Jets card of bridge messages side 1
Jets card of bridge messages side 2

Do you know how to pivot, or bridge a difficult or unflattering question from a reporter into an answer that puts your agency in a more positive light?

The NFL’s New York Jets recently gave their players a laminated card which phrases they could use to spin their answers.  New York Daily News reporter Manish Mehta took photos of one of the cards and tweeted it out.

Granted, it’s the Jets.  So they have been mocked mercilessly and it is embarrassing to the organization that the card has been seen by reporters and the public. But that doesn’t mean the idea of helping players bridge tough questions into positive answers is wrong.

Here are some of the “bridge” suggestions of how to transition from a difficult question to a more positive message:

  • Let me just add that…
  • That reminds me…
  • Let me answer you by saying…
  • Another thing to remember is…
  • If you look at it closely you’ll find…
  • The real issue here is…
  • That’s not my area of expertise, but I think your audience would be interested to know that…

Putting a positive spin on an embarrassing or negative story is part of the job as a spokesman, but it doesn’t stop there.  The reality is that every employee is a spokesman or public ambassador of the company.  The key is knowing what you want to say BEFORE the reporter even asks the question.

Let’s say that a company vehicle with your logo gets in a bad crash and media start asking questions.  An immediate response might be:  We’re investigating the cause of today’s crash involving one of our vehicles, but it’s important to note that our company has 50 vehicles on the road travelling more than 700,000 miles a year.  All drivers have passed a background and driving record checks, and have completed company driver training before receiving driving status to operate our vehicles. Once the investigation is complete, we’ll review the findings to ensure we’re doing everything possible to protect and care for our patients and the public.

In this simple deflection I provided lots of new facts and figures that could be included in a story.   If all I did was say the company was investigating, or acknowledge that the company driver caused the crash, the only thing the reporter can say is negative because they have nothing else to consider reporting or sharing within their story.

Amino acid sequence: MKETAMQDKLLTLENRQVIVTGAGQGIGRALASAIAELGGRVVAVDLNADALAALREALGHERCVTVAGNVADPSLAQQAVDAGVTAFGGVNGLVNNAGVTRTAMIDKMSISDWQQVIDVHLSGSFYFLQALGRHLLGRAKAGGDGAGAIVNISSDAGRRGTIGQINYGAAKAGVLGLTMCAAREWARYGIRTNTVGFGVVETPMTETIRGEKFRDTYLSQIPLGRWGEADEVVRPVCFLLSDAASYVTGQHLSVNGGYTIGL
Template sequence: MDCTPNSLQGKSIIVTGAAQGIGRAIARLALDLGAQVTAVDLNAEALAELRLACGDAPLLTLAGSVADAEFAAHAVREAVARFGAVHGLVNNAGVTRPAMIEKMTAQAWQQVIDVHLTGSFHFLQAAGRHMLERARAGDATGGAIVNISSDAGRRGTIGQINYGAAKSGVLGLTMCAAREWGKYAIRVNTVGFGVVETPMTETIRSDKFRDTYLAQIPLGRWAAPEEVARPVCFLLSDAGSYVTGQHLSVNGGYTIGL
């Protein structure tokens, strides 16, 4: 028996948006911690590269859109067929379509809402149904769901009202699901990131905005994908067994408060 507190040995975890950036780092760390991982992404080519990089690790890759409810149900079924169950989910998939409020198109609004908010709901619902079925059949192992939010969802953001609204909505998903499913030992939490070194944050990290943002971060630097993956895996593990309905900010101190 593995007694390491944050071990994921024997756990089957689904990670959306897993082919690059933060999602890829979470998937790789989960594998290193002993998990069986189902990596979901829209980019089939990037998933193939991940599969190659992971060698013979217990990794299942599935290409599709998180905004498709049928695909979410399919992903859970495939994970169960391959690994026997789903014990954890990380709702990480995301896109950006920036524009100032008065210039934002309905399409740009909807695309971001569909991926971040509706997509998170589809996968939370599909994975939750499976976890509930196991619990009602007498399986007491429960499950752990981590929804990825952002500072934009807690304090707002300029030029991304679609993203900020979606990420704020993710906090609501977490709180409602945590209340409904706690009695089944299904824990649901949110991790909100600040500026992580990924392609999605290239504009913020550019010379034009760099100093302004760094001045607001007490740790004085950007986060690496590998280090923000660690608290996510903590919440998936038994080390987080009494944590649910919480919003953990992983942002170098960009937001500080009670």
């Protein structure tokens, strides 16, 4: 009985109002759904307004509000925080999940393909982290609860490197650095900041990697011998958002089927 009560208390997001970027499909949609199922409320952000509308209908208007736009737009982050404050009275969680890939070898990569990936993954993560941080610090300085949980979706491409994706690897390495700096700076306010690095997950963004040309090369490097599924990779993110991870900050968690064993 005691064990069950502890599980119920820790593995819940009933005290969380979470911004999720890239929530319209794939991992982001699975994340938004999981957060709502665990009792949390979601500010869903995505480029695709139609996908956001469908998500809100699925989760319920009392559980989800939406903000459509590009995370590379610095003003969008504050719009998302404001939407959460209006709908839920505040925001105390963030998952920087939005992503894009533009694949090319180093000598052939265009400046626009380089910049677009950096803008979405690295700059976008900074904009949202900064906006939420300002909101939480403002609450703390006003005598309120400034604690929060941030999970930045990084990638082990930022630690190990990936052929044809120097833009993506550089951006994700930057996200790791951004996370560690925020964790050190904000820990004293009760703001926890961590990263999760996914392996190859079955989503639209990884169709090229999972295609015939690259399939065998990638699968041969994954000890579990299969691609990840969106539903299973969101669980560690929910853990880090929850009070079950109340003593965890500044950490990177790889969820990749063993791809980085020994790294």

Sharing a silver lining in a negative story is completely appropriate, but let me be clear.  A spokesman should NEVER lie to a reporter.  Lie once and get caught, and you’ll never be trusted again.  There’s an adage that “crow taste better warm than cold.”  If your company or an individual employees makes a mistake, acknowledge it.

Think of it this way.  Fire fighters run into the fire, not away from it.  Your strategy should be the same for negative stories.  Put out the kitchen fire before it becomes a house fire.  I used to joke that when I served as the spokesman for an ambulance company, I hadn’t realized I was signing up to be a fire fighter because I’d spend most of my day putting out fires.  The faster you acknowledge and respond to a story that may be negative the better.  In acknowledging the mistake, explain what changes you’re making to help make sure similar mistakes don’t occur again in the future.

Pivoting to a positive response increases the options for the reporter to write a positive, or at least less negative, story.  More company spokespeople should memorize and carry a card like the Jets.

Looking for practical ways to practice?  Have a friend or co-worker start by giving you an obscure company fact or even a completely unrelated physical item—like aluminum siding.  Then, have the person ask you a question. The question doesn’t even need to be serious.  It can even by “why did the chicken cross the road.”  Your task is to logically, and conversationally transition the question of why the chicken crossed the road to an answer about aluminum siding.

Initially, it’s going to be difficult to make the transition feel natural and less obvious.  But after a little practice after you get comfortable using a bridge statement, it’ll become easy.  You just need to have the right players in position, practice and execute the game plan.  Just like the Jets.

p.s.:  For the record, no I’m not Jets fan.  Go Cleveland Browns (hometown)! Go Arizona Cardinals (home for the last 13 years)!

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